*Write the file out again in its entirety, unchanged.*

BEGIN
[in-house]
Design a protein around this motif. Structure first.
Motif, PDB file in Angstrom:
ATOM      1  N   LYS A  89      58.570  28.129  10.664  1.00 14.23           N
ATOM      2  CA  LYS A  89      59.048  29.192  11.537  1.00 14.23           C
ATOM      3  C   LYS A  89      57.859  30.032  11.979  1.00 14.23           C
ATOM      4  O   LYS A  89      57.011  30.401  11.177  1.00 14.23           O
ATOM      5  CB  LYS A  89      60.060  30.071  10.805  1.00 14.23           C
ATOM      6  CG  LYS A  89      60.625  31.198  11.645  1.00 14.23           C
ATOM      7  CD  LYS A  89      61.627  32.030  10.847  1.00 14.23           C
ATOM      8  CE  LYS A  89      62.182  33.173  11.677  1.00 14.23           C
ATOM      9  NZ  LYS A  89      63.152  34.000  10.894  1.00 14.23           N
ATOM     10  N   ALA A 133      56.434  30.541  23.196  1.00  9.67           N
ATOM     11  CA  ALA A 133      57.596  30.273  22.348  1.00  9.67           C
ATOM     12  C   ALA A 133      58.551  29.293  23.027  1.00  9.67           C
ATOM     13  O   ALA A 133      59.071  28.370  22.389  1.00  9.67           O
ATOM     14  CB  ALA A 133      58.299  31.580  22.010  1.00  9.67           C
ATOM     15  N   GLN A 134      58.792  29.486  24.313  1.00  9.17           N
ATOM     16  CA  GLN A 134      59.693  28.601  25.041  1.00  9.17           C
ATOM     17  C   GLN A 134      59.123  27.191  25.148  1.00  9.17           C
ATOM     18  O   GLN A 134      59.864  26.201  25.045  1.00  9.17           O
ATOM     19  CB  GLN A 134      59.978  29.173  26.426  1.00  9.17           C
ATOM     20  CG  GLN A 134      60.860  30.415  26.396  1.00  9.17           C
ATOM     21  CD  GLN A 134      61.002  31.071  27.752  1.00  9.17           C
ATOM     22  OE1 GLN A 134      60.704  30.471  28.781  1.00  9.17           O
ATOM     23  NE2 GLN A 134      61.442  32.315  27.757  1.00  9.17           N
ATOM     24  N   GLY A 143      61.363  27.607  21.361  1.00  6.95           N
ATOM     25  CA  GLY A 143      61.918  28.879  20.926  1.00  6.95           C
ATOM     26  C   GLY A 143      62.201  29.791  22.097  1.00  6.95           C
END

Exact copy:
[in-house]
Design a protein around this motif. Structure first.
Motif, PDB file in Angstrom:
ATOM      1  N   LYS A  89      58.570  28.129  10.664  1.00 14.23           N
ATOM      2  CA  LYS A  89      59.048  29.192  11.537  1.00 14.23           C
ATOM      3  C   LYS A  89      57.859  30.032  11.979  1.00 14.23           C
ATOM      4  O   LYS A  89      57.011  30.401  11.177  1.00 14.23           O
ATOM      5  CB  LYS A  89      60.060  30.071  10.805  1.00 14.23           C
ATOM      6  CG  LYS A  89      60.625  31.198  11.645  1.00 14.23           C
ATOM      7  CD  LYS A  89      61.627  32.030  10.847  1.00 14.23           C
ATOM      8  CE  LYS A  89      62.182  33.173  11.677  1.00 14.23           C
ATOM      9  NZ  LYS A  89      63.152  34.000  10.894  1.00 14.23           N
ATOM     10  N   ALA A 133      56.434  30.541  23.196  1.00  9.67           N
ATOM     11  CA  ALA A 133      57.596  30.273  22.348  1.00  9.67           C
ATOM     12  C   ALA A 133      58.551  29.293  23.027  1.00  9.67           C
ATOM     13  O   ALA A 133      59.071  28.370  22.389  1.00  9.67           O
ATOM     14  CB  ALA A 133      58.299  31.580  22.010  1.00  9.67           C
ATOM     15  N   GLN A 134      58.792  29.486  24.313  1.00  9.17           N
ATOM     16  CA  GLN A 134      59.693  28.601  25.041  1.00  9.17           C
ATOM     17  C   GLN A 134      59.123  27.191  25.148  1.00  9.17           C
ATOM     18  O   GLN A 134      59.864  26.201  25.045  1.00  9.17           O
ATOM     19  CB  GLN A 134      59.978  29.173  26.426  1.00  9.17           C
ATOM     20  CG  GLN A 134      60.860  30.415  26.396  1.00  9.17           C
ATOM     21  CD  GLN A 134      61.002  31.071  27.752  1.00  9.17           C
ATOM     22  OE1 GLN A 134      60.704  30.471  28.781  1.00  9.17           O
ATOM     23  NE2 GLN A 134      61.442  32.315  27.757  1.00  9.17           N
ATOM     24  N   GLY A 143      61.363  27.607  21.361  1.00  6.95           N
ATOM     25  CA  GLY A 143      61.918  28.879  20.926  1.00  6.95           C
ATOM     26  C   GLY A 143      62.201  29.791  22.097  1.00  6.95           C